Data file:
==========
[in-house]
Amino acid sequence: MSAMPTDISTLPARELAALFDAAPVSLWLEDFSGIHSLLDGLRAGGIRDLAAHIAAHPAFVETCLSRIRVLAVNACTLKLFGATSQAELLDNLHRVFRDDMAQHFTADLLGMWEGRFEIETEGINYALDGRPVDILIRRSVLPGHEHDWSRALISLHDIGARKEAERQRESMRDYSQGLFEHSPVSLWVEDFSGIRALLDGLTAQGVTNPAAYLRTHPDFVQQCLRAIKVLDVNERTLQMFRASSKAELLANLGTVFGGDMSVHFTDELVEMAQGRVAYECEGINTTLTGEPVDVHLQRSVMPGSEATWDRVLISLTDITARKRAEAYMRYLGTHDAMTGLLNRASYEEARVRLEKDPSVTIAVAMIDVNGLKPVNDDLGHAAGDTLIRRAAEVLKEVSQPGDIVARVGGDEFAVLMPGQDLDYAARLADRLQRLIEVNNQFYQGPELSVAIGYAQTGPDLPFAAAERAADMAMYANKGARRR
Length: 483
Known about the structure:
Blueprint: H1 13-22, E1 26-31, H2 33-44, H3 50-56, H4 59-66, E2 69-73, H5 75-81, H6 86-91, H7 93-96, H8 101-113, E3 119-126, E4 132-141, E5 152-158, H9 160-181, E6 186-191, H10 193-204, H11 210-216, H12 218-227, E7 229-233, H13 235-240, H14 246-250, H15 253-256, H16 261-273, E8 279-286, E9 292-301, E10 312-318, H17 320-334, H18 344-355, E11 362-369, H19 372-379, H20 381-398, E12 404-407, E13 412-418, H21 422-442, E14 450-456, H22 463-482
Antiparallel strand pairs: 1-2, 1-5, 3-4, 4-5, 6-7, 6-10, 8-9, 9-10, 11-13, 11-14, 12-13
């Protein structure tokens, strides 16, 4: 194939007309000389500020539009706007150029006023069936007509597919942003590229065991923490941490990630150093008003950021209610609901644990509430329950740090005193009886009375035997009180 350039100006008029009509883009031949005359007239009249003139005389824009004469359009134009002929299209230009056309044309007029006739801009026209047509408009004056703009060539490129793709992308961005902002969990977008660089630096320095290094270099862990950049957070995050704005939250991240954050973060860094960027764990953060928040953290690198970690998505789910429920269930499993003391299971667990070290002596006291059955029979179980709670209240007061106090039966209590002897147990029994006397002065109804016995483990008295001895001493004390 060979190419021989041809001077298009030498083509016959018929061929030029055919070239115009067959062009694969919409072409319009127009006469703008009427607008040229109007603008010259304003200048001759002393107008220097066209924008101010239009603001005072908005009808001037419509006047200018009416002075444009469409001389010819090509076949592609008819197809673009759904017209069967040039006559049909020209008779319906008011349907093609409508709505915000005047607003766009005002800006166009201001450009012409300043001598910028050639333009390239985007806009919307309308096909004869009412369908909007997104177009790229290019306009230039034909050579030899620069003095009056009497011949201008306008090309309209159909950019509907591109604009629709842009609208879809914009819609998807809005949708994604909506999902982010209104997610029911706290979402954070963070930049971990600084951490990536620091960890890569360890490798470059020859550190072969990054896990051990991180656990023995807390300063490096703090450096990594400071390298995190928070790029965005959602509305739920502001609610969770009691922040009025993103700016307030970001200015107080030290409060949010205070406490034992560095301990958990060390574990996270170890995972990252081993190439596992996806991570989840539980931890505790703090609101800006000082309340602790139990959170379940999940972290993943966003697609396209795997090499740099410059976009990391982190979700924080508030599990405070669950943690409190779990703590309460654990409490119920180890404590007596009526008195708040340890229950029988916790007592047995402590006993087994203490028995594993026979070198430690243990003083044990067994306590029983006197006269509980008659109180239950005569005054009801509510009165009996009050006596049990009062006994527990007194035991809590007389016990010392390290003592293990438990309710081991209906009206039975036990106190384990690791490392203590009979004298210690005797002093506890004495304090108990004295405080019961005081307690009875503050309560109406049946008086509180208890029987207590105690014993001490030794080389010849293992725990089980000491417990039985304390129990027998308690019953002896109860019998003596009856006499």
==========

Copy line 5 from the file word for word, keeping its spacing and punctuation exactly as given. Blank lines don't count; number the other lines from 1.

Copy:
Blueprint: H1 13-22, E1 26-31, H2 33-44, H3 50-56, H4 59-66, E2 69-73, H5 75-81, H6 86-91, H7 93-96, H8 101-113, E3 119-126, E4 132-141, E5 152-158, H9 160-181, E6 186-191, H10 193-204, H11 210-216, H12 218-227, E7 229-233, H13 235-240, H14 246-250, H15 253-256, H16 261-273, E8 279-286, E9 292-301, E10 312-318, H17 320-334, H18 344-355, E11 362-369, H19 372-379, H20 381-398, E12 404-407, E13 412-418, H21 422-442, E14 450-456, H22 463-482